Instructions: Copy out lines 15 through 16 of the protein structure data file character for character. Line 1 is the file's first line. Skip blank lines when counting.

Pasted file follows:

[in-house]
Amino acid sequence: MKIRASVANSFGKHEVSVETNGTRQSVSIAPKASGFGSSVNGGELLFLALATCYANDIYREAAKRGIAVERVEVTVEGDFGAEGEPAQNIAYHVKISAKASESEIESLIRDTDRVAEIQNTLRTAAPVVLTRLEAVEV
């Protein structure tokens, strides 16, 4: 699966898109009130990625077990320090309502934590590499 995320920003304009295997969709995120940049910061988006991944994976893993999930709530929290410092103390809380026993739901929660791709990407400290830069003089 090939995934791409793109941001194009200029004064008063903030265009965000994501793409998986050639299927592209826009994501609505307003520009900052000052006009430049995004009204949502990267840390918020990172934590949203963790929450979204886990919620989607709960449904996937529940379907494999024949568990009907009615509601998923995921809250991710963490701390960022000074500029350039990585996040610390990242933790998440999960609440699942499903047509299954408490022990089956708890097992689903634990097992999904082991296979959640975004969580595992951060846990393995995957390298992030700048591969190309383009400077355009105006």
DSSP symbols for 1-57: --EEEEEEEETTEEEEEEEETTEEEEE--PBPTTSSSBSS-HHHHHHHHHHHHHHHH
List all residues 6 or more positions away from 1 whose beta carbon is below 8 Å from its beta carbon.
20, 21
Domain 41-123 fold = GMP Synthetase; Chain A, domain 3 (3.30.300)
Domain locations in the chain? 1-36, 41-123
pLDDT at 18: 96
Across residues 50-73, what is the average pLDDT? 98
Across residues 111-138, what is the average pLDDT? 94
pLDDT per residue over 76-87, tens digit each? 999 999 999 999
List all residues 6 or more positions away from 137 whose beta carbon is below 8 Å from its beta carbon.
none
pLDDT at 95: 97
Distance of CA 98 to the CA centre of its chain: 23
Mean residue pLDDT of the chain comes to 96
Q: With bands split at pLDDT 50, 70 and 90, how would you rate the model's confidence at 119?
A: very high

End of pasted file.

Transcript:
pLDDT at 95: 97
Distance of CA 98 to the CA centre of its chain: 23